Tis the season to put your home on the market
This may be the best time to put your property on the market as 2017 heralds uncertainty.
Christmas is not generally regarded as the best time to put your property on the market but experts believe that December is a prime time to capture motivated buyers and those who dream of moving house in the new year.
Edward Stoyle, of Carter Jonas York, says: “The question I am regularly asked is, ‘when would be the best time to sell my property?’ The simple answer is ‘when nobody else is’.
“There will always be competition but the odds certainly improve as Christmas approaches. Motivated buyers don’t stop looking, regardless of the time of year.”
While spring is seen as the prime time to put your property up for sale, Edward adds: “Launching a property in the spring can be a mistake, given that the majority of owners tend to be doing the same. This can flood the market with competition and invariably reduce your chances of selling. Of course, more buyers register at that time of year but the more choice they have the more particular they become.”
Another persuasive factor in favour of putting up for the “For Sale” sign now is that property portals’ web traffic peaks in the period between Christmas and new year. It’s the post-feasting lull when people have time to contemplate a move and start viewing homes online. Last year Rightmove enjoyed a record number of hits for both sales and lettings.
Andrew Beadnall, founder of Beadnall Copley Estate and Letting Agents in Harrogate, Wetherby and Ripon, has more experience than most of selling in December, having clocked up 44 Christmases in the business. He believes that this festive season could prove critical thanks to the vote to Brexit.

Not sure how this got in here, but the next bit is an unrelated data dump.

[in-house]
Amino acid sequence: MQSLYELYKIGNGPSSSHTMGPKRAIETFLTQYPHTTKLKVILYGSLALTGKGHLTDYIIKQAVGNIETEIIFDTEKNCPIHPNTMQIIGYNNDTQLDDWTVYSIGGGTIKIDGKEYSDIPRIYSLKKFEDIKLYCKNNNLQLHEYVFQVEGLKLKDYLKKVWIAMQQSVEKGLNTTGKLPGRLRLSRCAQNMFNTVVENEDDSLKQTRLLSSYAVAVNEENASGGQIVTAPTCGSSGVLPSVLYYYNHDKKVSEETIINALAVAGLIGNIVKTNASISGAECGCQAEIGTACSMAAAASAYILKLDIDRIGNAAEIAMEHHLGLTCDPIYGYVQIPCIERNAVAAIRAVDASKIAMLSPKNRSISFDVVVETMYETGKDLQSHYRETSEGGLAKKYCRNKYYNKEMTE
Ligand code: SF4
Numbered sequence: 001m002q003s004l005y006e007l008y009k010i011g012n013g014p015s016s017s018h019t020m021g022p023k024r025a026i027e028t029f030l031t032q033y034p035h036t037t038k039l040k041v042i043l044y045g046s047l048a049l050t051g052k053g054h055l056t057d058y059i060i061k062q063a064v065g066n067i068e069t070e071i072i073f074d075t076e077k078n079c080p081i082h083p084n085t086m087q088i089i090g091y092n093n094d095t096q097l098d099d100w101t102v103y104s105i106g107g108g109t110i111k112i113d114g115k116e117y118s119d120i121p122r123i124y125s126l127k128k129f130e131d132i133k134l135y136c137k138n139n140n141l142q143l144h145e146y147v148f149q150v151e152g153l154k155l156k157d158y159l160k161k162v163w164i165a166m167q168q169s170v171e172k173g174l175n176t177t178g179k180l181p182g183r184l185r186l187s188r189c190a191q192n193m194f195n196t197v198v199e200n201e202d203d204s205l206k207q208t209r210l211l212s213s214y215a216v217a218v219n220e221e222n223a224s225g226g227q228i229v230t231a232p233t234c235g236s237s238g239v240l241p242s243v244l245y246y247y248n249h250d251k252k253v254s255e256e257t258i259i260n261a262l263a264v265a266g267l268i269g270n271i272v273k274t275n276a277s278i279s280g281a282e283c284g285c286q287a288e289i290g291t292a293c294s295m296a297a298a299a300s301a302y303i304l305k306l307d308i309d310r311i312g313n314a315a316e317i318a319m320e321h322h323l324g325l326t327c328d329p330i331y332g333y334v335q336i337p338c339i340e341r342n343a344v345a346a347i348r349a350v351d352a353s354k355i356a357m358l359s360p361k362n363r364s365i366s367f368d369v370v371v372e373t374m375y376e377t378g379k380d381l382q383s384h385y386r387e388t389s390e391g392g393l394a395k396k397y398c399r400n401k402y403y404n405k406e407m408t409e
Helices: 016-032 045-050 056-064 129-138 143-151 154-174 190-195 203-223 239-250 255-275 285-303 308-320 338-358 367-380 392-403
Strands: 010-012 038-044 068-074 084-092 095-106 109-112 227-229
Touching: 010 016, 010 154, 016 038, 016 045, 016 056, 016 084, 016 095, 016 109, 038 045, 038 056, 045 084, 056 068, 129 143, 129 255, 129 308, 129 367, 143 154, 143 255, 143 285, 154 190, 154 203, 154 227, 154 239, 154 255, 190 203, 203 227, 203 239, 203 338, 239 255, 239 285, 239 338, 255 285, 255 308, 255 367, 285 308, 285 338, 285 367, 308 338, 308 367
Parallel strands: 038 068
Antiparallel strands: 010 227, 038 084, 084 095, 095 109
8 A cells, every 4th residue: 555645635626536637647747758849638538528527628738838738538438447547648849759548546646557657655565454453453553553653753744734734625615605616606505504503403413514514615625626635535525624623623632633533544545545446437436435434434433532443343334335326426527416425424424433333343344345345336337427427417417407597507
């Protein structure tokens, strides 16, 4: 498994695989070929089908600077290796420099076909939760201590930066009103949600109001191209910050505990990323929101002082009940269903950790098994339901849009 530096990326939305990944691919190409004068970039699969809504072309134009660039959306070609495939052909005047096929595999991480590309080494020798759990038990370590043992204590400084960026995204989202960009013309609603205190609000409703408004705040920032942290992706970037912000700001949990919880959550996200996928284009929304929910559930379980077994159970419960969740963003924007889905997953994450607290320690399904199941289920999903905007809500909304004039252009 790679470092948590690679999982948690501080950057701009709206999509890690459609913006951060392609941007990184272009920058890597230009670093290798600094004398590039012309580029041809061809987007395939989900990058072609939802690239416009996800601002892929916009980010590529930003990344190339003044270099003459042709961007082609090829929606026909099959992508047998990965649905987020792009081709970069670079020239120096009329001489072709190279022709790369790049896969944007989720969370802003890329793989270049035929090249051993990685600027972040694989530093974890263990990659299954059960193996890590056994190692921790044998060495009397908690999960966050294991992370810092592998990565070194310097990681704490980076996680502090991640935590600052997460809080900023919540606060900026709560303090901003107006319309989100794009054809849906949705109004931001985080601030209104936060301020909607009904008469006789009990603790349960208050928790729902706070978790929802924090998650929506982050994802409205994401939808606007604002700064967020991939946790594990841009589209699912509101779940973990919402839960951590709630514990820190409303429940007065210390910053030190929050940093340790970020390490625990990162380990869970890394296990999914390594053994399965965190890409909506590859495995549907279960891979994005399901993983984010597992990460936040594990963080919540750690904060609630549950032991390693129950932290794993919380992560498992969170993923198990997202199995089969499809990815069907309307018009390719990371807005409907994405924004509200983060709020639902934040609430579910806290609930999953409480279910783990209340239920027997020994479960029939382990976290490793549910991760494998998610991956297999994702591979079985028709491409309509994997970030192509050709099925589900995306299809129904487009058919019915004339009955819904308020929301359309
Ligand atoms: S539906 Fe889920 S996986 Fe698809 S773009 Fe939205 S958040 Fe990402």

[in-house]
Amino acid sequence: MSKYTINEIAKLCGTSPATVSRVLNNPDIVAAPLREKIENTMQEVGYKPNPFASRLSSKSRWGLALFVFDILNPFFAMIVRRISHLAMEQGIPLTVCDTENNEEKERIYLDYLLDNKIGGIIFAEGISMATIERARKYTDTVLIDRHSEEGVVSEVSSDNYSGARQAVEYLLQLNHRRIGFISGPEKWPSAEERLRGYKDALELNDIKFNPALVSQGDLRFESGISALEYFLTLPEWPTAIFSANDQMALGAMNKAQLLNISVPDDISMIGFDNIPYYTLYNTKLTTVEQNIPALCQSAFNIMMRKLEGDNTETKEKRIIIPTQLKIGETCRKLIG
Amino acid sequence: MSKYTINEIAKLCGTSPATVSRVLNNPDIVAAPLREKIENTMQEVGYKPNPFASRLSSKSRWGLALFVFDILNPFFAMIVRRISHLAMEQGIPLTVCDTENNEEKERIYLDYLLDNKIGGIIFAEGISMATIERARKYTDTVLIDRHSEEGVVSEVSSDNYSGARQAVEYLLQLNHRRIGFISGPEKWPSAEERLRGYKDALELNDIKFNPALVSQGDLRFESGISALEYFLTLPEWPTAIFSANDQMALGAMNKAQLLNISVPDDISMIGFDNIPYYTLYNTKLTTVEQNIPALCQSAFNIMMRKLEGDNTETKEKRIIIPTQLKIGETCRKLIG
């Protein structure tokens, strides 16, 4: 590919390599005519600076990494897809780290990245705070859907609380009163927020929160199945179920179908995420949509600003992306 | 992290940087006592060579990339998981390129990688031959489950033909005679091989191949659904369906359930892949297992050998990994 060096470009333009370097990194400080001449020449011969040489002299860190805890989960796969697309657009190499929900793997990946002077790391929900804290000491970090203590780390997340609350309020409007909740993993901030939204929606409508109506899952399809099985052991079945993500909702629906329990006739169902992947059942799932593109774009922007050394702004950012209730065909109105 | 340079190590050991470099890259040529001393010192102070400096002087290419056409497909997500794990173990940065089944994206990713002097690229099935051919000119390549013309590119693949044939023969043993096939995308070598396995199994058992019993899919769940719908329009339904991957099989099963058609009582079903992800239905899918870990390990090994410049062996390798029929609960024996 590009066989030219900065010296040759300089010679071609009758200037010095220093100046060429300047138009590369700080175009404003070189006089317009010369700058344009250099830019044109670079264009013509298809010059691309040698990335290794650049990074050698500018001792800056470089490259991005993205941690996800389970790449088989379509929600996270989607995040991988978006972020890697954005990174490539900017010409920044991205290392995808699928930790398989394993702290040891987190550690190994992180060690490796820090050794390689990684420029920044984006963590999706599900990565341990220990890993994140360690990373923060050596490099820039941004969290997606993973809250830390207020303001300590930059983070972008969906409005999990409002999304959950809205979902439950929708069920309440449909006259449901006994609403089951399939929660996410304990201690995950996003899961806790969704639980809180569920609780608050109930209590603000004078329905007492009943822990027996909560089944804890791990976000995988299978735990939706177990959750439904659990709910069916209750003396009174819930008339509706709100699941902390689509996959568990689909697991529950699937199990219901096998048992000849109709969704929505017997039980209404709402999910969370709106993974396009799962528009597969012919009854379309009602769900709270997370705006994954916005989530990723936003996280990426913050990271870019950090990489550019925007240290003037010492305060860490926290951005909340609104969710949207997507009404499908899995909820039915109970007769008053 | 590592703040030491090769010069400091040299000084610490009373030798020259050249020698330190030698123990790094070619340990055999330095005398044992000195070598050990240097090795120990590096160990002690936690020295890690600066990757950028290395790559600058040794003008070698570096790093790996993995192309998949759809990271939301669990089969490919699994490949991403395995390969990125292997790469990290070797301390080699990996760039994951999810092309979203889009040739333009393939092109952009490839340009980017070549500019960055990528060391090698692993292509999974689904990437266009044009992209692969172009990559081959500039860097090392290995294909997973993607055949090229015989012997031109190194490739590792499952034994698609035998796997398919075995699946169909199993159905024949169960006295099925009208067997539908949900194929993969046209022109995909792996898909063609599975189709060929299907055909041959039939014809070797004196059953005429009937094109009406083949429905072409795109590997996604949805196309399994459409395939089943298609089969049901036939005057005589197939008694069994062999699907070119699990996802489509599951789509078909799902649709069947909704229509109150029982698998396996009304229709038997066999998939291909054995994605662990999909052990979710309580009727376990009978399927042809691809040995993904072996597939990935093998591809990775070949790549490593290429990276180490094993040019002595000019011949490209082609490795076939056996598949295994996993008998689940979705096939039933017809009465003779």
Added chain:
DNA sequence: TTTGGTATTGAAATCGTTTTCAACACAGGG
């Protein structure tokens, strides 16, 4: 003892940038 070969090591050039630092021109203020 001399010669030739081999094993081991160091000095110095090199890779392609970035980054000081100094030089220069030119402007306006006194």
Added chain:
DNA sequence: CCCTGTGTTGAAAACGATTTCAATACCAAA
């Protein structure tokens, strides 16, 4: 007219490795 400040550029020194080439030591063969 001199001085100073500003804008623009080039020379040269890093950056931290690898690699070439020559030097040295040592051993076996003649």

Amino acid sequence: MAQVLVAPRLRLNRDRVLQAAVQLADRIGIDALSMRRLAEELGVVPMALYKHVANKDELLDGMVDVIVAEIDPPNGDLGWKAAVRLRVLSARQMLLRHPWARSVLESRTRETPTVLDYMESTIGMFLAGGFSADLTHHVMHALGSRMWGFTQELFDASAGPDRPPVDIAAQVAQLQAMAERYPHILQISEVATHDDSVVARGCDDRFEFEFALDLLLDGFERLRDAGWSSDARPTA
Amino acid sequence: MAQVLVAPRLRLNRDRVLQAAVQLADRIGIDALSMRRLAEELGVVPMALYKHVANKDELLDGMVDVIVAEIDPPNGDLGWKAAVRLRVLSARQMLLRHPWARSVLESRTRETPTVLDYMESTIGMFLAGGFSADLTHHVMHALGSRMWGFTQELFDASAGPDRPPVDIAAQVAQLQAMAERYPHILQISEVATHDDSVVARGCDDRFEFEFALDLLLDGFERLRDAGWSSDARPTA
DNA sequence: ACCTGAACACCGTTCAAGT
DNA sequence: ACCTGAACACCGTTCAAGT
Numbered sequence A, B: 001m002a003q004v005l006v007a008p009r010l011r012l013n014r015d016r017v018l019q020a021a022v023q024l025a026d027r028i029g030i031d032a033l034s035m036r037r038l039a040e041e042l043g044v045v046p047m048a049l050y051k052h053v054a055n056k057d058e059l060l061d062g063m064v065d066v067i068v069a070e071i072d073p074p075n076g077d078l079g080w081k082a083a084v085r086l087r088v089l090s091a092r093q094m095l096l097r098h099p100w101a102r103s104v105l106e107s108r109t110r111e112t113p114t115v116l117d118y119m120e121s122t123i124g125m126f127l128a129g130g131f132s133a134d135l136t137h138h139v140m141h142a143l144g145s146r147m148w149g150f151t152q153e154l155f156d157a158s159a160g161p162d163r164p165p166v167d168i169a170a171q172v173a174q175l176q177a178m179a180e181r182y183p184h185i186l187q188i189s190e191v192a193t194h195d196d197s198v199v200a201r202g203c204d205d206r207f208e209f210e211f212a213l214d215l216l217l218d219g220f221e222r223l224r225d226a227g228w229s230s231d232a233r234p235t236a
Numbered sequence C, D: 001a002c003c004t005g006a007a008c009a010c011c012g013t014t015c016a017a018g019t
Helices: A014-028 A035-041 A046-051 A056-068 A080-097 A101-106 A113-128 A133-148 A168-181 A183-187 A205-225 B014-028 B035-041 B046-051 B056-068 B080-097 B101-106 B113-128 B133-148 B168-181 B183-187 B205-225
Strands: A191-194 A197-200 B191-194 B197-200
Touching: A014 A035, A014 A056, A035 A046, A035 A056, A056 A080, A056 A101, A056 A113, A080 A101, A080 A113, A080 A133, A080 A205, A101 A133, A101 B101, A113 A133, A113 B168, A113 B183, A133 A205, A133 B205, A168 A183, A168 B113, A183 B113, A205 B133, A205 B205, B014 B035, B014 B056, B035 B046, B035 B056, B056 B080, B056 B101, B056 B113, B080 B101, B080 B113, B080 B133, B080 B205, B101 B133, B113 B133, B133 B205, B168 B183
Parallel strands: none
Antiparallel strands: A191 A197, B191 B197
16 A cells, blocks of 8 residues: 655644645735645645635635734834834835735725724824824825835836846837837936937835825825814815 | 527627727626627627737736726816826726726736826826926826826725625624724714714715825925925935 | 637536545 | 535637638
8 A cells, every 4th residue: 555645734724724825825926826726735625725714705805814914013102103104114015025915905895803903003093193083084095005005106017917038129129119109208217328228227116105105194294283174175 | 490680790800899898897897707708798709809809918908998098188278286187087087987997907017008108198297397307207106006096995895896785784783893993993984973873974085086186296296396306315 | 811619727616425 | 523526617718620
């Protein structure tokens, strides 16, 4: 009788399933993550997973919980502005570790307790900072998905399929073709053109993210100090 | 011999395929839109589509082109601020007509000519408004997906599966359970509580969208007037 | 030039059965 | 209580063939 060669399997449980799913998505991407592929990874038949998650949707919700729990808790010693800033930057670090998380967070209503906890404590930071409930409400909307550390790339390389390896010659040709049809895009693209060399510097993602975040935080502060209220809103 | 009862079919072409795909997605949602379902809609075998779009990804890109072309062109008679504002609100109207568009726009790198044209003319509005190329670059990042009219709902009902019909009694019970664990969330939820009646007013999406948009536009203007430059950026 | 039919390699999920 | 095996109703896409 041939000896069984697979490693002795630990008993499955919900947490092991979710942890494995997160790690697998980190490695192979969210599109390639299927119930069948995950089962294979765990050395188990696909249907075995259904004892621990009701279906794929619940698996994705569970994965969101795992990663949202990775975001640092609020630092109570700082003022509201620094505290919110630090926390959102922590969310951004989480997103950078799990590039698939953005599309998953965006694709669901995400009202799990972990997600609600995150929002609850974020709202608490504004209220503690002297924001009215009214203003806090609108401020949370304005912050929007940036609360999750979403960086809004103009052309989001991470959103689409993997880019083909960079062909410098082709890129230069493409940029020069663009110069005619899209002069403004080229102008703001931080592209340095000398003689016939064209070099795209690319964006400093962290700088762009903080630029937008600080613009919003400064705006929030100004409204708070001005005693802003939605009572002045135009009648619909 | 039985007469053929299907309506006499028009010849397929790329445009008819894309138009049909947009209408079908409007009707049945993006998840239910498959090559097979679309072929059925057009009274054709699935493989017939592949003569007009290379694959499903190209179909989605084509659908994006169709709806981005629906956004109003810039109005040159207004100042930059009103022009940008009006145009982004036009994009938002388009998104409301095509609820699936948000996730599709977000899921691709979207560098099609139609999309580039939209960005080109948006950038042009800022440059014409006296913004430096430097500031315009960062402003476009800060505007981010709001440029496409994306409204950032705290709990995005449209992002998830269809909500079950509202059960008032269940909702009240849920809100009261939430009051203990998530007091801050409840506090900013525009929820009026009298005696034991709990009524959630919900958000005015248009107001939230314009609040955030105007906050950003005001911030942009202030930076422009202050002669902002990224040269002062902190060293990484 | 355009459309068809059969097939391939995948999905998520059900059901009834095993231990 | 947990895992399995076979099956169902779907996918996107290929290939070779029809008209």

“Out of all the innumerable Christmases, this December/early January will be the most crucial. Once Article 50 is invoked there will unquestionably be a period of uncertainty. If you are selling in 2017 my strong advice is to launch your property now as you will then have a good few months of marketing under your belt before the challenges of Brexit unfold.”
He also points out that your home may look better when it’s dressed in its “party clothes”. “Showing your home at Christmas can be a huge plus. It can come look alive and look amazing at this time of year. Place a lavish wreath on the front door and have a fabulous bauble-bedecked tree together with seasonal scented candles. Why not get some fresh coffee and mince pies on the go and, depending on the time of day, some mulled wine? You can transform your property into a perfect Yuletide family home enabling buyers to imagine hosting their own Christmas’s for years to come.”
Andrew adds that viewers in December are always the most committed with good reasons for wanting to by quickly. They may have to move for work or their rented property may be coming to the end of its lease.
One of the main reasons people cite for not putting their property on the market at Christmas is that their garden doesn’t look its best.
“People are obsessed by their gardens but prospective buyers can see past them. They know what a garden looks like in summer and they don’t care whether the wisteria and daffodils are out. What I often advise people to do is to put some pictures out of the garden in full bloom so people can see how lovely it looks,” says Edward Stoyle.
There are, however, some pitfalls for vendors during the festive season. Sarah Stabler of the Monks-Cross branch of York estate agency Redmove, warns sellers to think about lighting and heating.
Too many fairy lights outside can be a turn-off, according to Sarah, who adds that cold rooms are another faux pas. “Having the heating on is also extremely important as it makes a big difference if the property feels nice and warm,” she says.
Finally, friends and family can be an issue and this is where you will need some tact and diplomacy. Andrew Beadnall says: “If the house is full of family politely ask them to make themselves scarce when viewings are taking place so as not to overcrowd your home thereby making it feel smaller.”